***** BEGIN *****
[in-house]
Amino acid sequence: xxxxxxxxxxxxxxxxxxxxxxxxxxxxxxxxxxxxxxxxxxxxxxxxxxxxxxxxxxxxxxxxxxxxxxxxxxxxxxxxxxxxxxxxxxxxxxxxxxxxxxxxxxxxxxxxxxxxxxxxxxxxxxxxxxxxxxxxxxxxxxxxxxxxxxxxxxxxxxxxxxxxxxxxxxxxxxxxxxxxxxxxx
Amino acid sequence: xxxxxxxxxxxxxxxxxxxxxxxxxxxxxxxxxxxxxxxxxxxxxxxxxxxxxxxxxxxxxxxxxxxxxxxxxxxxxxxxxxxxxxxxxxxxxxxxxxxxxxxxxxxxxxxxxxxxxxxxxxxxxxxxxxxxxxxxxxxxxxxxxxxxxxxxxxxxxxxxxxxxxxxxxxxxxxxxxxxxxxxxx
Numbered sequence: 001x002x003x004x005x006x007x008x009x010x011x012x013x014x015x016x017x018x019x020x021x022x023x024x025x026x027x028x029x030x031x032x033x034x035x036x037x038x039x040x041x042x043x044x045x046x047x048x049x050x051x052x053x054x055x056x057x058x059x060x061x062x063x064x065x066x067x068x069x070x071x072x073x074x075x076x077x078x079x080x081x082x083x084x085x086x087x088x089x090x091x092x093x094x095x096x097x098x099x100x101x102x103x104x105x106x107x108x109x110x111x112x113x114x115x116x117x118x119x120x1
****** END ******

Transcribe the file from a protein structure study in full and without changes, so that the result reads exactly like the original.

[in-house]
Amino acid sequence: xxxxxxxxxxxxxxxxxxxxxxxxxxxxxxxxxxxxxxxxxxxxxxxxxxxxxxxxxxxxxxxxxxxxxxxxxxxxxxxxxxxxxxxxxxxxxxxxxxxxxxxxxxxxxxxxxxxxxxxxxxxxxxxxxxxxxxxxxxxxxxxxxxxxxxxxxxxxxxxxxxxxxxxxxxxxxxxxxxxxxxxxx
Amino acid sequence: xxxxxxxxxxxxxxxxxxxxxxxxxxxxxxxxxxxxxxxxxxxxxxxxxxxxxxxxxxxxxxxxxxxxxxxxxxxxxxxxxxxxxxxxxxxxxxxxxxxxxxxxxxxxxxxxxxxxxxxxxxxxxxxxxxxxxxxxxxxxxxxxxxxxxxxxxxxxxxxxxxxxxxxxxxxxxxxxxxxxxxxxx
Numbered sequence: 001x002x003x004x005x006x007x008x009x010x011x012x013x014x015x016x017x018x019x020x021x022x023x024x025x026x027x028x029x030x031x032x033x034x035x036x037x038x039x040x041x042x043x044x045x046x047x048x049x050x051x052x053x054x055x056x057x058x059x060x061x062x063x064x065x066x067x068x069x070x071x072x073x074x075x076x077x078x079x080x081x082x083x084x085x086x087x088x089x090x091x092x093x094x095x096x097x098x099x100x101x102x103x104x105x106x107x108x109x110x111x112x113x114x115x116x117x118x119x120x1